How we change what others think, feel, believe and do
Three Levels of Interpretation
Meaning, the sense we make of things, may be created in speech or identified in analysis. This meaning can can be described as being at one of the three levels below. This is particularly significant when metaphor or some other idiomatic sense is used and interpretation is not an easy task.
At the 'accepted' level the interpretation is one that is commonly made and is easily accepted by others. When you use the metaphor or interpretation with others, they are likely to understand what you mean. An accepted interpretation uses the logic that somebody else has used, assuming this is valid.
For example if you say 'I'm a bear with sore head today', most people will understand that you feel pretty grouchy and will be more cautious around you than usual. Use of the accepted metaphor means people will not think you believe you are a bear.
In literature or poetry analysis, an accepted interpretation would be one where the piece being considered has already been analyzed by an accepted authority. For exams, using accepted interpretations, particularly those by established commentators, is a safe bet.
A rational interpretation is one where you have understood something in a certain way and are able to explain how you came to this conclusion using a method that most people will understand and may well accept as producing a reasonable interpretation.
A rational interpretation that is being offered to others may well be followed by the argument by which it was derived, or else this may emerge through consequent conversation. For example, if you say a person is like a cake, this is not a common comparison and you may have to explain to others how the person in question is all mixed up, like a cake. Even if the other people do not particularly think your comparison is very erudite, they will understand your logic and get what you are trying to say.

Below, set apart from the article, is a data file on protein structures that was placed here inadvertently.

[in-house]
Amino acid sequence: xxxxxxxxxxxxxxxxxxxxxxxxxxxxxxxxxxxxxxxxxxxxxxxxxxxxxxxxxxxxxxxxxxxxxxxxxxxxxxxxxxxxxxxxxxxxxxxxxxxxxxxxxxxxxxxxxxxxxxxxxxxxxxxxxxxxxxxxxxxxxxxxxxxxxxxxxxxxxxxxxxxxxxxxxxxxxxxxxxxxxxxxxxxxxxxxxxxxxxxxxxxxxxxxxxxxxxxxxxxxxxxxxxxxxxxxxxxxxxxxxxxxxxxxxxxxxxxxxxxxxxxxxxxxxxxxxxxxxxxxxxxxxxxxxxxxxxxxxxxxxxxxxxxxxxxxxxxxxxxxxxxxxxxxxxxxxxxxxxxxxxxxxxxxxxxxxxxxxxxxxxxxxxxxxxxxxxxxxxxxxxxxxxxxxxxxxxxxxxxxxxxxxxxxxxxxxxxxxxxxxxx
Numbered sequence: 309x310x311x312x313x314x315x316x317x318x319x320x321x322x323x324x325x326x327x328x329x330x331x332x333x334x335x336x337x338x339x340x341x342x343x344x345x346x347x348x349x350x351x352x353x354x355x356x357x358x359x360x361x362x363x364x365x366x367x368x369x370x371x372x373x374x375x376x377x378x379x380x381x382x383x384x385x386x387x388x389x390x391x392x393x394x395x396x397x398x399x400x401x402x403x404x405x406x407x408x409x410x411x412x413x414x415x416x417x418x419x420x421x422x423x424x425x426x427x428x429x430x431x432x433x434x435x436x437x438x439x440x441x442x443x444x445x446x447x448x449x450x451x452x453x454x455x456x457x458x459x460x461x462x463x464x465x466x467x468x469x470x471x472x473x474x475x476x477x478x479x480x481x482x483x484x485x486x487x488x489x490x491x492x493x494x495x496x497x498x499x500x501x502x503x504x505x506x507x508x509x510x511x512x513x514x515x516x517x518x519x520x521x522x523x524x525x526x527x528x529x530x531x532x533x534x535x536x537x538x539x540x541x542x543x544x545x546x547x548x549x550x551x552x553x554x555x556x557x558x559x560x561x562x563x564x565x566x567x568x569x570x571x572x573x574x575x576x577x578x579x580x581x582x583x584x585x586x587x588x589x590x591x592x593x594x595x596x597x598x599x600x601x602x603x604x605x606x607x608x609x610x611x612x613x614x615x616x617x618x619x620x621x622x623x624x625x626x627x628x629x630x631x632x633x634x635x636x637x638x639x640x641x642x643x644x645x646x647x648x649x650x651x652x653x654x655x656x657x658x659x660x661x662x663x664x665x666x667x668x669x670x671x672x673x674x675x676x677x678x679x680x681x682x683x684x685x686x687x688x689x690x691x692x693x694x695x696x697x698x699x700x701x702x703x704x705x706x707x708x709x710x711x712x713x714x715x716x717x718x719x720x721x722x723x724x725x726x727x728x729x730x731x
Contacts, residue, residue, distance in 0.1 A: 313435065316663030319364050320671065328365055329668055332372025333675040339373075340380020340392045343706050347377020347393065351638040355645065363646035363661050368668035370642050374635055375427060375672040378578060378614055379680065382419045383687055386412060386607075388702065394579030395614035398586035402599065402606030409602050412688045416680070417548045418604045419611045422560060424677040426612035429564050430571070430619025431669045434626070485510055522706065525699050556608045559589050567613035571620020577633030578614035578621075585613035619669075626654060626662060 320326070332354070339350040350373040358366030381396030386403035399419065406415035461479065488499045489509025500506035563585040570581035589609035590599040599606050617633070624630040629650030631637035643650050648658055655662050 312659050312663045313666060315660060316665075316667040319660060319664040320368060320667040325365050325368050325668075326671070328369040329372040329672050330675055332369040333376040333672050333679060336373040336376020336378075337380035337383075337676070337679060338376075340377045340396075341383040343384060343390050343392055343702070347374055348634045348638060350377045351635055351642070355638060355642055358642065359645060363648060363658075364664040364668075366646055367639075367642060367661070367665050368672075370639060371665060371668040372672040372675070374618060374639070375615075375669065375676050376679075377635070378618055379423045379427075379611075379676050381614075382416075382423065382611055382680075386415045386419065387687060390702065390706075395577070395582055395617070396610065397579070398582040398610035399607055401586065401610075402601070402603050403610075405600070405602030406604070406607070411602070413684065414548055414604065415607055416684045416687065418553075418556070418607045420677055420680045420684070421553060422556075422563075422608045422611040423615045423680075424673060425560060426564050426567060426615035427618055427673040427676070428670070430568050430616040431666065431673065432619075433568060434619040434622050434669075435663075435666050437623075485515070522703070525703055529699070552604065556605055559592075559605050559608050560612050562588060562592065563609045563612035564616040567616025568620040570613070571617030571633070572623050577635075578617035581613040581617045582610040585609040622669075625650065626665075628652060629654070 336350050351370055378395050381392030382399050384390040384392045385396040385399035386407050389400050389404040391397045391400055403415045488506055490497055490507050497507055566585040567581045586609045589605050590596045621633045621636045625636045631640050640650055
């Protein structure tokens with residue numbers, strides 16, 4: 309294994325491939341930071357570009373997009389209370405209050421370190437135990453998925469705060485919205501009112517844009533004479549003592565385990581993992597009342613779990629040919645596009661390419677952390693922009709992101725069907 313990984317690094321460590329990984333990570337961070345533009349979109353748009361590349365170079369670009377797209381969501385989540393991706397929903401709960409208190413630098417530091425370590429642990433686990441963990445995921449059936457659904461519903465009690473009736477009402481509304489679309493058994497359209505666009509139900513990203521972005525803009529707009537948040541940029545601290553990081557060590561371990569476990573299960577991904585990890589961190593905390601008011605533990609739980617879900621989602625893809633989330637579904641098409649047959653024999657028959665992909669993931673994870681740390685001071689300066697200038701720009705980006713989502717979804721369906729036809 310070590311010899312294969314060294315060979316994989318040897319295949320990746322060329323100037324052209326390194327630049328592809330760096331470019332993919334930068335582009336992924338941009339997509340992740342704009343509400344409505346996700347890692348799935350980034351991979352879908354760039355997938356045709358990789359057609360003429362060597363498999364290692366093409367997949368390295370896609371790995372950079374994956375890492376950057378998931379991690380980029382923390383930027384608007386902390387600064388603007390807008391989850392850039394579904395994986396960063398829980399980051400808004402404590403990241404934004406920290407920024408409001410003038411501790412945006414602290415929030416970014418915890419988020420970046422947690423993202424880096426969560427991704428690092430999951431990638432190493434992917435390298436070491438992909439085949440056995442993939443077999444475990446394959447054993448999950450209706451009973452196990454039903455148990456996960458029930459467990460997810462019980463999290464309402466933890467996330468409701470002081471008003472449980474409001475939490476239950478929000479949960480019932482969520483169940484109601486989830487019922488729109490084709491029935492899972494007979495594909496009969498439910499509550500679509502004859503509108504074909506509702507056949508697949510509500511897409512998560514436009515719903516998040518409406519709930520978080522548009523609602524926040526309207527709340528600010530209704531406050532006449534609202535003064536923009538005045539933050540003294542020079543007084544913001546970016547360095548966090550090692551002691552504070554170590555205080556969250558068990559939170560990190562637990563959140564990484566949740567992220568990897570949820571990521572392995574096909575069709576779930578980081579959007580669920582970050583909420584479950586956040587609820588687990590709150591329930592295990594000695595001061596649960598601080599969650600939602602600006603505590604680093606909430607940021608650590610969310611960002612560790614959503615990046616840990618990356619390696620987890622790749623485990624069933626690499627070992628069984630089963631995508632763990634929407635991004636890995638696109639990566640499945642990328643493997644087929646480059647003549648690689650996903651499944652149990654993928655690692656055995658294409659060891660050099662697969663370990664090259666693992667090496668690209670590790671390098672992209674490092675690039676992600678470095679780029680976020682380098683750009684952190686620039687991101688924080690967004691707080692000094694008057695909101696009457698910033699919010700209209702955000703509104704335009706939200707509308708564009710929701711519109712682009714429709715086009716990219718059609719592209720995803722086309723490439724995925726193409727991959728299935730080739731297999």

In literature or poetry analysis, an acceptable interpretation may be one which uses references other parts of the text to support the conclusions made. The highest grades are often gained by students who discover new meaning and are able to justify it in a rational way.
A personal interpretation is one where an individual finds meaning in something but cannot provide a rational explanation for this meaning. This is very common as we find personal meaning in many of our daily experiences.
Personal meaning may sometimes be turned into rational meaning by reflection on what unconscious thoughts may have led to the interpretation. This is a classic subject of conversation, where one person says something without much thought and the other asks 'Why do you say that?' and the ensuring discussion draws out the rationale from the original speaker.
In literature or poetry analysis personal interpretation may be accepted in everyday situations but in exam conditions is likely to get low marks. Saying 'I think Romeo is an idiot' without justifying your thoughts is not the best way to succeed in gaining English Literature qualifications.
When people make assertions or use metaphor, look into the meaning they are created to discover the logic they are using and then decided whether to challenge or accept it.
Also consider what you are thinking yourself and how you get to your own meaning. As necessary, be more rational and able to explain why you say what you do.